Posts tagged with "PHP"

Easy Caching with StashPHP

Frequently with PHP you are going to need to cache things, mostly expensive SQL queries, but also data you aren’t going to want to be inserting into the database on every page hit, for instance website statistics.

With PHP we have a few options to achieve this;

  • Caching with the file system .
    • Pros:
      • Works well with the Opcode cache
      • Usually the fastest method of caching for small or medium websites
    • Cons:
      • Clearing the cache can be a lot slower as you will have to recursively search through path’s and delete.
  • Caching with SqlLite
    • Pros:
      • Can be substantially faster than a full-blown RDBMS
      • All data is stored in a normal file in the host’s file system.
    • Cons:
      • Can only support one writer at a time, which can cause high file system latency, which is inconvenient if there are many clients trying to access it simultaneously.
  • Caching with APC
    • Pros:
      • Makes PHP faster for you through the so called opcode caching.
      • No special configuration required.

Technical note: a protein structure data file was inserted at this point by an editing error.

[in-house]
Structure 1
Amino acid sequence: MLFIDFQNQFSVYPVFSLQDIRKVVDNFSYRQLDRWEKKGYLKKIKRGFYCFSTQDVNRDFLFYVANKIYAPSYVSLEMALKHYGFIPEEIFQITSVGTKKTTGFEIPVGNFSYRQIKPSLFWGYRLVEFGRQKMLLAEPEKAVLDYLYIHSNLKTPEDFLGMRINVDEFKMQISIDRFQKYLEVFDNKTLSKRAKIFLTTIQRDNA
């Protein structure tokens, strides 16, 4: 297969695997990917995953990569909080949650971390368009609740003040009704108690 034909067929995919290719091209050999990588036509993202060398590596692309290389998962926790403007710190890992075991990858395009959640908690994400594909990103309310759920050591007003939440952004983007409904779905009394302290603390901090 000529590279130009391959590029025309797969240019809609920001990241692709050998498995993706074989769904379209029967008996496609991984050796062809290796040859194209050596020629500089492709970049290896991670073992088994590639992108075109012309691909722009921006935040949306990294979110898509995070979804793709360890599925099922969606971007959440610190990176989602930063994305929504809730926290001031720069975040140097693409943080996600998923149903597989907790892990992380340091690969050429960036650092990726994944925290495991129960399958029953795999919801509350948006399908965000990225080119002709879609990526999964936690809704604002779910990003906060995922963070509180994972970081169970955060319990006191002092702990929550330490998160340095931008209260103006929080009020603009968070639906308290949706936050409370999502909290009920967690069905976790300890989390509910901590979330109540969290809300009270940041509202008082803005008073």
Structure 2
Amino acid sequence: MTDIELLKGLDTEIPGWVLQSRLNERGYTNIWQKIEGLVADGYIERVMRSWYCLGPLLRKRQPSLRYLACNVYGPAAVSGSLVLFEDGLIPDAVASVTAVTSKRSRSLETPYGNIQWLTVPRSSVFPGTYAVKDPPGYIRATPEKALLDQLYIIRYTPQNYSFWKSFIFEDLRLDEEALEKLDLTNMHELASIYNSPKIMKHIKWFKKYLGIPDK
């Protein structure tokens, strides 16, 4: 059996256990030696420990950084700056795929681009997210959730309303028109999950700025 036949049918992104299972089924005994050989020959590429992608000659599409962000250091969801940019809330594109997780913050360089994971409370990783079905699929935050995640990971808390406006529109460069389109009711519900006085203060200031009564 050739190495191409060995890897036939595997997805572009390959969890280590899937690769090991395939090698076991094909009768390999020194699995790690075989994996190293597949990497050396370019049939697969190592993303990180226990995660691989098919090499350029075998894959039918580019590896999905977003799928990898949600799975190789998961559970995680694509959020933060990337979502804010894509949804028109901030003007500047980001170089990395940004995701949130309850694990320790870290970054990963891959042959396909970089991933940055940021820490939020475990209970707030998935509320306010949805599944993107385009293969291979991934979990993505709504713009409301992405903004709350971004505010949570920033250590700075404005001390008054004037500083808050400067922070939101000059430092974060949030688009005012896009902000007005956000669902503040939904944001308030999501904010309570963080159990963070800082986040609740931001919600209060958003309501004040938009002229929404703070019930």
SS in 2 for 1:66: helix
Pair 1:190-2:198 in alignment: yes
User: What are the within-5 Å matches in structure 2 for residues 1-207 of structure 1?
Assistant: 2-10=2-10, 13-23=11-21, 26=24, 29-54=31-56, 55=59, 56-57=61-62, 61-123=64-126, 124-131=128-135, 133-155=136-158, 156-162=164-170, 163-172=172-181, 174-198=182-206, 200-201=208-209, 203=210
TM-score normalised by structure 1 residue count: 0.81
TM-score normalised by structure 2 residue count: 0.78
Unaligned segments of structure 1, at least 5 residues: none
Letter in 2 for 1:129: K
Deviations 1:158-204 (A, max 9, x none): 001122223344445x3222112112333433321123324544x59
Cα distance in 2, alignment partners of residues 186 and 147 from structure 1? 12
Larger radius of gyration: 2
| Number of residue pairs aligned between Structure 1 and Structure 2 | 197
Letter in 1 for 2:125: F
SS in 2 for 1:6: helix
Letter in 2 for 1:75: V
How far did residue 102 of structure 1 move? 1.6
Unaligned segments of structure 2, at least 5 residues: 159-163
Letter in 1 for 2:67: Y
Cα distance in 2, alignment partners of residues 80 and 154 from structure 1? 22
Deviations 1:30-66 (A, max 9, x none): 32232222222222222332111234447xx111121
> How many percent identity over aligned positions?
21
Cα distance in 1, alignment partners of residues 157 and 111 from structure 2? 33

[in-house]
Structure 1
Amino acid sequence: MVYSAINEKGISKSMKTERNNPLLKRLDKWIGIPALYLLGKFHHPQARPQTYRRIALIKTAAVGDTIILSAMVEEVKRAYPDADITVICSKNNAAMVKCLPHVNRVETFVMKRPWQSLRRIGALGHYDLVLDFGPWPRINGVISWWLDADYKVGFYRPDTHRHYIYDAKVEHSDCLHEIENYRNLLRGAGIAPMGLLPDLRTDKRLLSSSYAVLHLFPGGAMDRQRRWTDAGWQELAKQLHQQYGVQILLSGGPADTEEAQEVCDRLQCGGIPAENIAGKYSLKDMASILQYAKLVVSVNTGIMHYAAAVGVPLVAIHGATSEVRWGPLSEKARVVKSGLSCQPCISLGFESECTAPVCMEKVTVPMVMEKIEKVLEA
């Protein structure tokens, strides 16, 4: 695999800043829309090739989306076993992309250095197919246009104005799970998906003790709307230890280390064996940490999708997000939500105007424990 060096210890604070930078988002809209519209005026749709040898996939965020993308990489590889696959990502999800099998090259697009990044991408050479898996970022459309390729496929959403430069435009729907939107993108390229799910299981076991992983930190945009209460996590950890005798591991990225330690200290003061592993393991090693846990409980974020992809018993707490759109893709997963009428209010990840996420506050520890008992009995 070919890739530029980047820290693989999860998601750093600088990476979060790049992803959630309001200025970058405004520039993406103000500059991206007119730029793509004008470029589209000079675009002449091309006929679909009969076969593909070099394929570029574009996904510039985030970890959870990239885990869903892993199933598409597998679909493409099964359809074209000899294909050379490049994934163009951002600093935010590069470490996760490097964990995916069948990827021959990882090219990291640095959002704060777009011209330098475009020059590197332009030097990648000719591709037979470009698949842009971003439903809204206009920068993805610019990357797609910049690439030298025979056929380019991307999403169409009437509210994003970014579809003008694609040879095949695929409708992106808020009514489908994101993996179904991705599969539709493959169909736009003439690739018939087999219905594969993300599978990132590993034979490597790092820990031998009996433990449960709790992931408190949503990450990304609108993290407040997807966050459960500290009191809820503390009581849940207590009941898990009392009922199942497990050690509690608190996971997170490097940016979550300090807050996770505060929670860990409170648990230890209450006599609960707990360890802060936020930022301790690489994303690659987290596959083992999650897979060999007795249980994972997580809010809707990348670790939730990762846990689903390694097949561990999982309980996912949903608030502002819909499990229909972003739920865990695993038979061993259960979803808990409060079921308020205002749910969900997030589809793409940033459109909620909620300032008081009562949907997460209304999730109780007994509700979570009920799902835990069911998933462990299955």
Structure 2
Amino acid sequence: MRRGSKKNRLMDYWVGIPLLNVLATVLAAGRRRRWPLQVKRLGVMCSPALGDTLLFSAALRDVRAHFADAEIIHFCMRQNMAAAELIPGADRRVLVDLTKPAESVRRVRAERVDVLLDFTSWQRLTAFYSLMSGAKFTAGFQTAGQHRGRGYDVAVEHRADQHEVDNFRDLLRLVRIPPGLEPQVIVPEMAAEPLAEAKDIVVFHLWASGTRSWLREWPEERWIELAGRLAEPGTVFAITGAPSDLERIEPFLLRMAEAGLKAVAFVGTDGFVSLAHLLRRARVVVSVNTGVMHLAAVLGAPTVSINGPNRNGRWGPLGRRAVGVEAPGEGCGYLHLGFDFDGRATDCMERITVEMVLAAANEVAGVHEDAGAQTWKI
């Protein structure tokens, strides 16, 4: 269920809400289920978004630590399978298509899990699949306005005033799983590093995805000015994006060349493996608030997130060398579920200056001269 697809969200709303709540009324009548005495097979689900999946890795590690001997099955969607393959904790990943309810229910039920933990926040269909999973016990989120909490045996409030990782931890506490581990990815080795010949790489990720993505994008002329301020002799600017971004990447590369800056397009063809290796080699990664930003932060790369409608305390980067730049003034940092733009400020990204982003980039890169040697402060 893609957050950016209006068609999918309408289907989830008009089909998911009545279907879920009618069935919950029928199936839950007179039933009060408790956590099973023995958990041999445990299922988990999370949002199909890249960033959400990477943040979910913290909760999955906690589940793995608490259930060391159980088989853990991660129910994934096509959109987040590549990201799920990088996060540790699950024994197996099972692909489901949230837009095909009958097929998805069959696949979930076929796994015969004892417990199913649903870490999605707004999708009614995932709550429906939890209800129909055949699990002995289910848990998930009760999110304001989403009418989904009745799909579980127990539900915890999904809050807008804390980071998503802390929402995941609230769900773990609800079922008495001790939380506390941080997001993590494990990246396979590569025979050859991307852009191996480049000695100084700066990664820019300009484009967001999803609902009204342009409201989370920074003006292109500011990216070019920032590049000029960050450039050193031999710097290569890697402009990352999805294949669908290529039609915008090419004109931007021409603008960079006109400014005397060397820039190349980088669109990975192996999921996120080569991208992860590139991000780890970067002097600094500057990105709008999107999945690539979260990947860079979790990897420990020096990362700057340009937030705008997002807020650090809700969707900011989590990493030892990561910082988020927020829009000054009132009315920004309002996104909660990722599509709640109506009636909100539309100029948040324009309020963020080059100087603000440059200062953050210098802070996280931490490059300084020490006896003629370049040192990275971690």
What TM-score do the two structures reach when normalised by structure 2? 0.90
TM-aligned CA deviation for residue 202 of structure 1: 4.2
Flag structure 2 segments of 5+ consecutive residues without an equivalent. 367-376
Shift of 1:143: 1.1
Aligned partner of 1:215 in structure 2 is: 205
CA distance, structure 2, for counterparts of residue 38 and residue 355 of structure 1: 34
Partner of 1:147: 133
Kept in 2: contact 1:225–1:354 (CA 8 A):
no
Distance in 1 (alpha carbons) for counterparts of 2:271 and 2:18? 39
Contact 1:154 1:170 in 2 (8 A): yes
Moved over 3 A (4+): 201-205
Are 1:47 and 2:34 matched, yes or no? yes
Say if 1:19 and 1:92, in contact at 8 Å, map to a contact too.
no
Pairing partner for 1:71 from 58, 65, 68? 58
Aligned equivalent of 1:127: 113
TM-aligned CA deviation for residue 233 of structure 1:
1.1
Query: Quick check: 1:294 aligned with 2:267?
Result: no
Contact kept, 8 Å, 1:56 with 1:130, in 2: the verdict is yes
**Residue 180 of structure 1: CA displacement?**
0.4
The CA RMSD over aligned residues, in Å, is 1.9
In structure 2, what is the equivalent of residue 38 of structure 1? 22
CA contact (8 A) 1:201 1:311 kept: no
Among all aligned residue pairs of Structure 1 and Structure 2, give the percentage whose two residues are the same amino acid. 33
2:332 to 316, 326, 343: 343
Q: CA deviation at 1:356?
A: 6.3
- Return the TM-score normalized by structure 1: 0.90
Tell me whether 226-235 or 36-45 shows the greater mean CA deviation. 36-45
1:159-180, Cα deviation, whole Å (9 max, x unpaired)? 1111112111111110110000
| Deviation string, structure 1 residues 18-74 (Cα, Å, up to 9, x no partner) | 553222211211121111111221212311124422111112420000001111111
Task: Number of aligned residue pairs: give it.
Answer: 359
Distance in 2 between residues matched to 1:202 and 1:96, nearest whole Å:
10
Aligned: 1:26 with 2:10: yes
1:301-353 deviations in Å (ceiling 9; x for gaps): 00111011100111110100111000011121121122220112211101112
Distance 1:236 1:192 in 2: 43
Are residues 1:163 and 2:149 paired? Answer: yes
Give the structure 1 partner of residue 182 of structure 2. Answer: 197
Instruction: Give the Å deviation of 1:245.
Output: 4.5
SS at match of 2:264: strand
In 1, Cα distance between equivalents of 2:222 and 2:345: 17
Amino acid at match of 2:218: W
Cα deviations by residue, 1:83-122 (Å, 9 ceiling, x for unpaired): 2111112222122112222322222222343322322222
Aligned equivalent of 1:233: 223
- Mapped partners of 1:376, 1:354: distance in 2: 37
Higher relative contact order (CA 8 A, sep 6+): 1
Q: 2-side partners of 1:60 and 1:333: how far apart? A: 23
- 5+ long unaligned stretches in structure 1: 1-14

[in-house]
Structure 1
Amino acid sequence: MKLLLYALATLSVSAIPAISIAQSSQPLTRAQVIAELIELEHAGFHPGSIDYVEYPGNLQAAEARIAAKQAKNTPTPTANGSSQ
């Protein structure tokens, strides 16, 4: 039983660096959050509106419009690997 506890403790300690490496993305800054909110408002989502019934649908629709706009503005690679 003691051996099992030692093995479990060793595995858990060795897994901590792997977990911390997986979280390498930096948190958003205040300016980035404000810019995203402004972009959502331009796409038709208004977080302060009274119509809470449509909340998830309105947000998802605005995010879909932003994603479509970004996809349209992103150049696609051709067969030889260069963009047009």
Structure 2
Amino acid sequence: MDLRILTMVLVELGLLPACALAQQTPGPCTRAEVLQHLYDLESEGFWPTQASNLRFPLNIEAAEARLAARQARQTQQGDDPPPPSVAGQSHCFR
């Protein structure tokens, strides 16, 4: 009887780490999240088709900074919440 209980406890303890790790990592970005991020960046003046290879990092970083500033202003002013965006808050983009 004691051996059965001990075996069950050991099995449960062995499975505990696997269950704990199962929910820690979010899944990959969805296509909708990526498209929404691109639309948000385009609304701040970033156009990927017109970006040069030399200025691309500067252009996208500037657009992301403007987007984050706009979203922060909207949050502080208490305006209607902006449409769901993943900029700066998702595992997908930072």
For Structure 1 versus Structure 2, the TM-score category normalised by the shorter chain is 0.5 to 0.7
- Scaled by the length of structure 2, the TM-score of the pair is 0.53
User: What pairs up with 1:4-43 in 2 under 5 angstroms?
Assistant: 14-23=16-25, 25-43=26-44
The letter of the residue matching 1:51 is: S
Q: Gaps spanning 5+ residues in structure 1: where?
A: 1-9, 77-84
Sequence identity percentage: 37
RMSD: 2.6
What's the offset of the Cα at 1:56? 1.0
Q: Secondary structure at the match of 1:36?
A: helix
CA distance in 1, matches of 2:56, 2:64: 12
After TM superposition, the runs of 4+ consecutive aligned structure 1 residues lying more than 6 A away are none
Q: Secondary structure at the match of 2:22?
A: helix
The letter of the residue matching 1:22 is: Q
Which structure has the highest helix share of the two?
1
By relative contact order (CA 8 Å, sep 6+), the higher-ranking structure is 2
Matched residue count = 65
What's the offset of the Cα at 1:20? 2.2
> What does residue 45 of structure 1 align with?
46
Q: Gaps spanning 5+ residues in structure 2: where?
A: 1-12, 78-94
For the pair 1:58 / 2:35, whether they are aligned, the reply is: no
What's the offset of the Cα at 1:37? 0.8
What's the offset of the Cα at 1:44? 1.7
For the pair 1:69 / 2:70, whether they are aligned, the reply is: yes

• Cons:
      • Practically none
  • Caching with Memcached
    • Pros:
      • Allows machines to pool their memory together as one large memory cache, perfect for large websites.
      • Cross platform and cross RDBMS
    • Cons:
      • Stores data in the RAM, not ideal for small systems
      • Is considered to be a volatile in-memory key/value store
  • Caching with Redis
    • Pros:
      • Can act like memcached as a key/value store however it’s really a data structure server.
      • Persistence to disk, by default.
      • Values up to 512MB in size
      • Built in clustering
      • Extremely fast at everything
    • Cons:
      • The more objects you put in it, the more memory its going to use.

So as you can see there are a bunch of different systems that handle caching in arguably better or worse ways depending on how big your website is. Putting a small website on Redis is probably overkill, you might already have set up a RDBMS solution and now not want to change to a key value store etc.

This is where StashPHP comes in, you basically use the StashPHP library to cache things like so:

First you setup the driver to use, lets just use File System for the moment:

<?php
// Create Driver with default options
$driver = new Stash\Driver\FileSystem();
$driver->setOptions(array());
// Inject the driver into a new Pool object.
$pool = new Stash\Pool($driver);

Now you can setup your by wrapping the following code around your code:

<?php
// Get a cache item.
$item = $pool->getItem('path/to/item');
// Attempt to get the data
$data = $item->get();
// Check to see if the data was a miss.
if($item->isMiss())
{
// Let other processes know that this one is rebuilding the data.
$item->lock();
// Run intensive code